It was disheartening, to say the least, that just after finishing the previous post on the new-found strength in the dollar, I should read that "The Obama Administration Issues New Rules to Combat Tax Inversions." As I noted in a post two months ago, the way to address the "problem" of tax inversions is to reform the tax code, not make inversions more difficult or impossible.
As the WSJ article notes, it's still questionable whether the administration has the authority to block inversions via executive order. But in the meantime, this is likely to add up to a disincentive to invest in the U.S. economy. Capital only goes where it is welcome and treated nicely. One essential ingredient for a strong economy is to ensure the owners of capital that they are free to come and go as they wish. Trying to keep company headquarters here by force will only work to keep headquarters from coming here in the first place.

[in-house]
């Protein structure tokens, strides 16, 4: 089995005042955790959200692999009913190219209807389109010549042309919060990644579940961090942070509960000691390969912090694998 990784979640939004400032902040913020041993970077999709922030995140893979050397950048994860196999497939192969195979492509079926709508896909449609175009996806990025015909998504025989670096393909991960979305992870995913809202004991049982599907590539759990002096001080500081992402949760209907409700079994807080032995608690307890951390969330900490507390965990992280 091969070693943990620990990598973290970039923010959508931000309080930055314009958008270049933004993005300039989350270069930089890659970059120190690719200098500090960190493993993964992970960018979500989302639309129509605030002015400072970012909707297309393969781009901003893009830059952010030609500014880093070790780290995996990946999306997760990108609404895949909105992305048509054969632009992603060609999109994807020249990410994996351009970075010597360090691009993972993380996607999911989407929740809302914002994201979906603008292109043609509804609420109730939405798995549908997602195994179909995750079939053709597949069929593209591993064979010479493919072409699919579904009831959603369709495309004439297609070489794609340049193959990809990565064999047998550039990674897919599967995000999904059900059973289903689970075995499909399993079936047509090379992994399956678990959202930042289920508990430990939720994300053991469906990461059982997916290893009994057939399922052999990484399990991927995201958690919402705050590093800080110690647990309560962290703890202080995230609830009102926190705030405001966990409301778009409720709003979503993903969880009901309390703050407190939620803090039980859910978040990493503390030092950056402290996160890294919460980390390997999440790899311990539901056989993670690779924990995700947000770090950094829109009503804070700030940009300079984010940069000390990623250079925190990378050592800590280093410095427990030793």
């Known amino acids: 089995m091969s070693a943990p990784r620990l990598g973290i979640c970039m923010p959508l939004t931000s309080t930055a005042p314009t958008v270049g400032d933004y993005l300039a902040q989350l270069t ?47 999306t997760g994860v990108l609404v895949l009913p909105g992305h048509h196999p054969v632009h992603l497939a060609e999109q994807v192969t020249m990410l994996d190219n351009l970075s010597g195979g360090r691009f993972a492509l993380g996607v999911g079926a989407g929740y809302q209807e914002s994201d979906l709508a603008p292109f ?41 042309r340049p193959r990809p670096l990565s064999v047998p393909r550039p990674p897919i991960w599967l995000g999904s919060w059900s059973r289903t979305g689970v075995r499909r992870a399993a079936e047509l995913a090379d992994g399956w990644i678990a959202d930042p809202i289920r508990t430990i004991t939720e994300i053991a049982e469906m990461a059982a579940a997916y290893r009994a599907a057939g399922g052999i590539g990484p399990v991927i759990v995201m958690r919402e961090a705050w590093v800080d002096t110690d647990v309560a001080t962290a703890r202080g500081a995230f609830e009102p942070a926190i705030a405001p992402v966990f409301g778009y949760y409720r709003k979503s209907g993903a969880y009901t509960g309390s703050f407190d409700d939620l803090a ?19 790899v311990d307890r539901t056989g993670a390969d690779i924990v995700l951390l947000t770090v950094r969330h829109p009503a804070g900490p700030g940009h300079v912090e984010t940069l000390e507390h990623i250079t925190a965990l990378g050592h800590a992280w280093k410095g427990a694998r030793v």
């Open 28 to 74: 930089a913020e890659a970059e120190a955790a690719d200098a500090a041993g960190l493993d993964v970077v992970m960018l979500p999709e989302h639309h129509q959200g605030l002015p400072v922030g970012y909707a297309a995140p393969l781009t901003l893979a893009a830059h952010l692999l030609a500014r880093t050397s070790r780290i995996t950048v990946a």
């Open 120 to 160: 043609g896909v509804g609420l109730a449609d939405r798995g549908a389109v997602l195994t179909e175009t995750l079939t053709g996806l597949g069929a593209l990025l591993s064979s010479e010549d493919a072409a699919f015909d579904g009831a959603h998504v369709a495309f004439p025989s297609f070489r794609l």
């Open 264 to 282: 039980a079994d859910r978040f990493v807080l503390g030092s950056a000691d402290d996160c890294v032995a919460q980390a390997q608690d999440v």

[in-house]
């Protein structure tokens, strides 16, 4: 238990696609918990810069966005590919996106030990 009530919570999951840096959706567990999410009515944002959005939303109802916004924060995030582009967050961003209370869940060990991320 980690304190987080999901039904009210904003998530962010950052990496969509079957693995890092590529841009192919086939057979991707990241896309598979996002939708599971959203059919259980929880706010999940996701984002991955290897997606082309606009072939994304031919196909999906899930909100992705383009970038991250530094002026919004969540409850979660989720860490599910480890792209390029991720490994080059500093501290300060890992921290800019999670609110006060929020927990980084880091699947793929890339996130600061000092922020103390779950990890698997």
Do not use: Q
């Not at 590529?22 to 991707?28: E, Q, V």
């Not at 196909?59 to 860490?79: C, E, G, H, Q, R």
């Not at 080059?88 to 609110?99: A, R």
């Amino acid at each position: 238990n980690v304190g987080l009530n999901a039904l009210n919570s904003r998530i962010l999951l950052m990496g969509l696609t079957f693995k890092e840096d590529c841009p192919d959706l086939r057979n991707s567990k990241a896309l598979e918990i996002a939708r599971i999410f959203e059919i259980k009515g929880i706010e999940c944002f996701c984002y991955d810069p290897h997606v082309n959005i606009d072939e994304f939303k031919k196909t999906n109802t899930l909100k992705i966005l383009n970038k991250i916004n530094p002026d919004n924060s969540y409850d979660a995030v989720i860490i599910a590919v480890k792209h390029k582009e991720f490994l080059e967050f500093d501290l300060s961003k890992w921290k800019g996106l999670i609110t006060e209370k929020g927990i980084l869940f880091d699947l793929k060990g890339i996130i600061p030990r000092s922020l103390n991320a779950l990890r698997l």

My years living in Argentina taught me firsthand that the best way for a country to stimulate capital flight is to try to prevent capital from leaving. It's very sad to see the U.S. emulating the proven-to-fail mistakes of the Argentine government.
This probably won't keep the dollar from appreciating further, but it will add to the headwinds that are keeping the U.S. economy from realizing its full potential.